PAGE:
"The exposure is great," Chan said during the event. "We're talking to all kinds of people from different parts of the Bay Area, some people from out of town."
Restaurant bloggers Lala Mayjer and Michael Leadon came from San Jose to experience Mountain View's culinary scene, and after trying a bite from Asian Box next door, Blue Line was next on the list. Leadon said he's been before, so he already knew he was in for some delicious pizza.
Mayjer said she appreciated the attention to detail put into the Taste of Mountain View goodie bags. The mini purple tote bag came equipped with hand sanitizer, a set of utensils, a reusable plastic wine glass, compostable plate, a map of participating businesses and a raffle passport that patrons could get stamped at each stop and then turn in for a chance to win prizes.
"The goodie bag, the whole stamp passport thing, it's like a game. It's fun," Mayjer said after finishing off her pizza slice.
Leadon, an avid foodie, has tried almost every restaurant on Castro Street, so he was surprised to discover a place he hadn't been to before: Rootstock Wine Bar.
"It's funny because I've driven over this street, and I've never seen that place," Mayjer added. "So now I know there's a wine place there."
Chamber CEO and President Peter Katz said that's the goal of the event: to help folks discover restaurants in Mountain View that they've either never heard of or just haven't had a chance to try yet. The event has no limit on how many food, wine and beer tastings ticket holders can try.
"The idea is really to get people inside the businesses' doorsteps so they can showcase what they do, be introduced to what the business is all about, and hopefully come back," Katz said. "A lot of the businesses said they would do special deals that night, which is good to get people back. I think that the real benefit of this is that it showcases Mountain View and showcases the small businesses, giving them a chance to shine and be in the spotlight."
Casa Lupe co-owner Kevin Thompson, whose restaurant has served up Mexican comfort food for the last 24 years, said participating in the event last November "really did make an impact," so doing it for a second time was an easy choice.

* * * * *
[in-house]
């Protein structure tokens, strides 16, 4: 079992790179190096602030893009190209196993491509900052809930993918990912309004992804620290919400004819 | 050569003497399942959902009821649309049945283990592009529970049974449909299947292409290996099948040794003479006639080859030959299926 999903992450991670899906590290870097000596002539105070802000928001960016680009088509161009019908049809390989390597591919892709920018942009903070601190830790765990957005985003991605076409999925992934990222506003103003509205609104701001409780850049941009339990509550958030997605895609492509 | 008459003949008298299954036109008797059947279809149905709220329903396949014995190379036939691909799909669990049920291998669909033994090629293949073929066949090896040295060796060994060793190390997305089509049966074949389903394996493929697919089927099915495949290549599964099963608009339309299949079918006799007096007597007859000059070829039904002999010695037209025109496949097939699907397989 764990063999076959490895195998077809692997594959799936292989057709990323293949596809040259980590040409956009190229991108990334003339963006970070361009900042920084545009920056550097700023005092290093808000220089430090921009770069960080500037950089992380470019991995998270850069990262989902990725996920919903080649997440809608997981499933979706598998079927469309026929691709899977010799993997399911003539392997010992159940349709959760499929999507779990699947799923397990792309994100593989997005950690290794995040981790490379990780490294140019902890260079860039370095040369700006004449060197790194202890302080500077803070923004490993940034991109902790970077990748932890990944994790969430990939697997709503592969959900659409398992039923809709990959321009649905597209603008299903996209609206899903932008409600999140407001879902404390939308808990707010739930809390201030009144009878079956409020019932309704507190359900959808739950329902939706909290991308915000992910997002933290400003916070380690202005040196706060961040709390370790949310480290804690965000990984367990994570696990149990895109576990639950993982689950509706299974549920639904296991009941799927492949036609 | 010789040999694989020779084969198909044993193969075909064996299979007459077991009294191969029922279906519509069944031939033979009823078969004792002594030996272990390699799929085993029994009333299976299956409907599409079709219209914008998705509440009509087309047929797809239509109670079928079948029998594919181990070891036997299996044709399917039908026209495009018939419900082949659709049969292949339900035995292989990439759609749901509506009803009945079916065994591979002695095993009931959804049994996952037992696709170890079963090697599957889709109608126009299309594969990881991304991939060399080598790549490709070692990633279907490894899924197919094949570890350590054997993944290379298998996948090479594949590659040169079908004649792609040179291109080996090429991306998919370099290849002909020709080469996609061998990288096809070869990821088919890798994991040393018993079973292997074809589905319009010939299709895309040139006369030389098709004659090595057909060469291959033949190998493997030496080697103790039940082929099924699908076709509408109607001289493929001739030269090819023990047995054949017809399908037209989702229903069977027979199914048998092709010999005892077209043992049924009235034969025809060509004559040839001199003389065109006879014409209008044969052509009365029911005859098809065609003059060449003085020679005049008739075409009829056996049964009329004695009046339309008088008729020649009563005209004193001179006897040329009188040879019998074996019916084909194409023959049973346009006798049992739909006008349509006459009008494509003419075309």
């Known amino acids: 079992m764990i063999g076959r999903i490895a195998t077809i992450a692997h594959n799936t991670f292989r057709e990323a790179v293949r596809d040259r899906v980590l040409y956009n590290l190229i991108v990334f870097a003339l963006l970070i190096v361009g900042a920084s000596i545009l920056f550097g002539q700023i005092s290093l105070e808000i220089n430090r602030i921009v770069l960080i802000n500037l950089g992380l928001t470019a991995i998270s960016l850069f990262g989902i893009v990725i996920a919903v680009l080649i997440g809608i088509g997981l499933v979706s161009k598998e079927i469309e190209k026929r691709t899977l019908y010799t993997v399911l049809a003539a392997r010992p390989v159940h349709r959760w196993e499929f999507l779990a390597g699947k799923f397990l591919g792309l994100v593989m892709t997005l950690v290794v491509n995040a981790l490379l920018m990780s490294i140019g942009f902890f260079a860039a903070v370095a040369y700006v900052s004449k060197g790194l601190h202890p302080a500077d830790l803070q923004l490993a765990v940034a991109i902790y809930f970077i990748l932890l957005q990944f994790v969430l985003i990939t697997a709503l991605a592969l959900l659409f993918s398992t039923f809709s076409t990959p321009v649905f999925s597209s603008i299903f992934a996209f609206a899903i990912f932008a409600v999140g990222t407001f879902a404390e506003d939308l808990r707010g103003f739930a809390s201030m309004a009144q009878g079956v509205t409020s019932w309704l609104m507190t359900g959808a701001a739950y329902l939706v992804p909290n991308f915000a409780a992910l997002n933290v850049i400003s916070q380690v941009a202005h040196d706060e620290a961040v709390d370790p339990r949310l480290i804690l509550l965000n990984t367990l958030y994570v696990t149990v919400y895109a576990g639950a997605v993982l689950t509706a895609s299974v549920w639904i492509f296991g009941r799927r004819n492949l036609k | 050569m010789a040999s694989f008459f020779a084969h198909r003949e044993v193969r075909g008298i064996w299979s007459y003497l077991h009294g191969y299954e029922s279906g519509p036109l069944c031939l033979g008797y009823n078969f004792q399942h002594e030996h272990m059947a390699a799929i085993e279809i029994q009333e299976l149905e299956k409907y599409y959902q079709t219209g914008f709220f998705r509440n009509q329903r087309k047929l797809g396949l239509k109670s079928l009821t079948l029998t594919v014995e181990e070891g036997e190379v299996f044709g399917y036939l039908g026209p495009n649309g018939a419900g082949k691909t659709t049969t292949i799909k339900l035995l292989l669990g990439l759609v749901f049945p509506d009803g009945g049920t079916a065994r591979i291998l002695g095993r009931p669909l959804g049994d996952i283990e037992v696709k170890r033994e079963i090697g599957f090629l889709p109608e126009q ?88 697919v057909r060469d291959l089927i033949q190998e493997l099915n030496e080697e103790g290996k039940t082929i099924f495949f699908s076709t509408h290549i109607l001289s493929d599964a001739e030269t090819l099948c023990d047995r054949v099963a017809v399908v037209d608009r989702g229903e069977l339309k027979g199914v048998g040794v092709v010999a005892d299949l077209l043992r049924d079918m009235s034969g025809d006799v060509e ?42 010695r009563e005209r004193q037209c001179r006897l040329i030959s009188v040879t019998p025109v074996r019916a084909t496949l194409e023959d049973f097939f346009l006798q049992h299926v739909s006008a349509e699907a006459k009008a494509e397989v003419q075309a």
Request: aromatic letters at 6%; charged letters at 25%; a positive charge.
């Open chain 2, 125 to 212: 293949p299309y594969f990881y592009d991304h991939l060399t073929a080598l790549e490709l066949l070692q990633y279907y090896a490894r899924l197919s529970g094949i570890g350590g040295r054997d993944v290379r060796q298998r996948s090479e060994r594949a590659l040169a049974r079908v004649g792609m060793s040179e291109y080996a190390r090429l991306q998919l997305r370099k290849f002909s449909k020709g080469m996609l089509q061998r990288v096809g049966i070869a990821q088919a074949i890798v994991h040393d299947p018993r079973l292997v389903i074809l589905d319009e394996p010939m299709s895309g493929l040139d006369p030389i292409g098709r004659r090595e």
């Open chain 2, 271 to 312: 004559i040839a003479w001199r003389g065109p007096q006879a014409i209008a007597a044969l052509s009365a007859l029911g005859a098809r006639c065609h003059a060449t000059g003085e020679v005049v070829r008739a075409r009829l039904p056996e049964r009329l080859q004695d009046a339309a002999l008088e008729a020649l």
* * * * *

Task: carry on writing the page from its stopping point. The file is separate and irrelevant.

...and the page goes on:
"The community has been so good to us. It almost gets me emotional, because during COVID there were a lot of businesses that closed," Thompson said as event-goers stopped by to snag some chips and fresh salsa, Casa Lupe's offering for the night. "But our patrons came and supported us, did whatever they could to make sure that the doors stayed open. ... You get a lot of people that attend this that really aren't familiar with all the restaurants, so we have got a lot of new (patrons) just because they come to the Taste of Mountain View."
Retail store owners had the opportunity to open their doors too, offering small bites and drinks to bring people in and promote their small businesses. The chamber helps facilitate a partnership with a local restaurant, winery or brewery so that retail stores can "feel a part of this as much as everyone else," Katz said.
"It's not their product that people are eating or drinking but it is their products in their store that people are surrounded by," he said. "They look around and say, 'Oh my gosh, I never knew this was here.' A lot of them (business owners) report an increase in sales that night and in subsequent months."
The next Taste of Mountain View is scheduled for this November.
"The Downtown Business Association, the chamber, and the city are all committed to looking for more events and more creative ways we can bring vitality and foot traffic and commerce to downtown and other areas of the city," Katz said. "It's likely we'll do something similar in other parts of the city in the future."
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